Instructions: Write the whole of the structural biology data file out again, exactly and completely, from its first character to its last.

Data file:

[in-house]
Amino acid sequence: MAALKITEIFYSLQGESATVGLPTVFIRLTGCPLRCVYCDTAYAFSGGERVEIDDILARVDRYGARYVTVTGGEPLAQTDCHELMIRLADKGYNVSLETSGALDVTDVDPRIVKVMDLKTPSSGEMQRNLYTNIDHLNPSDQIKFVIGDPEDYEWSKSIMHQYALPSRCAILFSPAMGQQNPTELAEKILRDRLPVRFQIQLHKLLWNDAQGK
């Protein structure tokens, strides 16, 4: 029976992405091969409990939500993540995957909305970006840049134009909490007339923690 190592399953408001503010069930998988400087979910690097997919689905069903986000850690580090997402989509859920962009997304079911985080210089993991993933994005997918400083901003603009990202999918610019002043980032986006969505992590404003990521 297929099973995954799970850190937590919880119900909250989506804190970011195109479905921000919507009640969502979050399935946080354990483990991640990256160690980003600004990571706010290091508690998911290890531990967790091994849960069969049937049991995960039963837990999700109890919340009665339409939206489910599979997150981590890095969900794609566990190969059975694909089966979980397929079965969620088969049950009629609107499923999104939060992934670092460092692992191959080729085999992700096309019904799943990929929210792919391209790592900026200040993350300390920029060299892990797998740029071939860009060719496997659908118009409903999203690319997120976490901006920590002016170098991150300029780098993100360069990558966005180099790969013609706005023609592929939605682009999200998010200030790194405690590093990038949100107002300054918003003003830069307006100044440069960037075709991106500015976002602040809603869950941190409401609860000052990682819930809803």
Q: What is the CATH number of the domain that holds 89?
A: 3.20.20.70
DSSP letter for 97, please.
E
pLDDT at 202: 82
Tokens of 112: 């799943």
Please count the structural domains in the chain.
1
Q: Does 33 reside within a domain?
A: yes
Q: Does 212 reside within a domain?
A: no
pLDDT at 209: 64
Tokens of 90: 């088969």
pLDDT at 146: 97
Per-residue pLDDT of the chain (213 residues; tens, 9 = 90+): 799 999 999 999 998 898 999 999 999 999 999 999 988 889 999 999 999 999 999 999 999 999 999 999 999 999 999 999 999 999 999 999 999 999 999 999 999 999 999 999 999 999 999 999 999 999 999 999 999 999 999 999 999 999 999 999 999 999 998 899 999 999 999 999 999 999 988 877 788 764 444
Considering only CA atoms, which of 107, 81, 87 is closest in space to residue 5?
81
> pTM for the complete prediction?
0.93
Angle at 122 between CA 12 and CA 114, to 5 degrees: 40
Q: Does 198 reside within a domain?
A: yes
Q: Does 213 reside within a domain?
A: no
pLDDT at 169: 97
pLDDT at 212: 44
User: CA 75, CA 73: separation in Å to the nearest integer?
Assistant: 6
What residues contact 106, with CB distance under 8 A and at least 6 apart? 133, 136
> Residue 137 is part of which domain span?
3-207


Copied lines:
[in-house]
Amino acid sequence: MAALKITEIFYSLQGESATVGLPTVFIRLTGCPLRCVYCDTAYAFSGGERVEIDDILARVDRYGARYVTVTGGEPLAQTDCHELMIRLADKGYNVSLETSGALDVTDVDPRIVKVMDLKTPSSGEMQRNLYTNIDHLNPSDQIKFVIGDPEDYEWSKSIMHQYALPSRCAILFSPAMGQQNPTELAEKILRDRLPVRFQIQLHKLLWNDAQGK
């Protein structure tokens, strides 16, 4: 029976992405091969409990939500993540995957909305970006840049134009909490007339923690 190592399953408001503010069930998988400087979910690097997919689905069903986000850690580090997402989509859920962009997304079911985080210089993991993933994005997918400083901003603009990202999918610019002043980032986006969505992590404003990521 297929099973995954799970850190937590919880119900909250989506804190970011195109479905921000919507009640969502979050399935946080354990483990991640990256160690980003600004990571706010290091508690998911290890531990967790091994849960069969049937049991995960039963837990999700109890919340009665339409939206489910599979997150981590890095969900794609566990190969059975694909089966979980397929079965969620088969049950009629609107499923999104939060992934670092460092692992191959080729085999992700096309019904799943990929929210792919391209790592900026200040993350300390920029060299892990797998740029071939860009060719496997659908118009409903999203690319997120976490901006920590002016170098991150300029780098993100360069990558966005180099790969013609706005023609592929939605682009999200998010200030790194405690590093990038949100107002300054918003003003830069307006100044440069960037075709991106500015976002602040809603869950941190409401609860000052990682819930809803």
Q: What is the CATH number of the domain that holds 89?
A: 3.20.20.70
DSSP letter for 97, please.
E
pLDDT at 202: 82
Tokens of 112: 């799943």
Please count the structural domains in the chain.
1
Q: Does 33 reside within a domain?
A: yes
Q: Does 212 reside within a domain?
A: no
pLDDT at 209: 64
Tokens of 90: 């088969």
pLDDT at 146: 97
Per-residue pLDDT of the chain (213 residues; tens, 9 = 90+): 799 999 999 999 998 898 999 999 999 999 999 999 988 889 999 999 999 999 999 999 999 999 999 999 999 999 999 999 999 999 999 999 999 999 999 999 999 999 999 999 999 999 999 999 999 999 999 999 999 999 999 999 999 999 999 999 999 999 998 899 999 999 999 999 999 999 988 877 788 764 444
Considering only CA atoms, which of 107, 81, 87 is closest in space to residue 5?
81
> pTM for the complete prediction?
0.93
Angle at 122 between CA 12 and CA 114, to 5 degrees: 40
Q: Does 198 reside within a domain?
A: yes
Q: Does 213 reside within a domain?
A: no
pLDDT at 169: 97
pLDDT at 212: 44
User: CA 75, CA 73: separation in Å to the nearest integer?
Assistant: 6
What residues contact 106, with CB distance under 8 A and at least 6 apart? 133, 136
> Residue 137 is part of which domain span?
3-207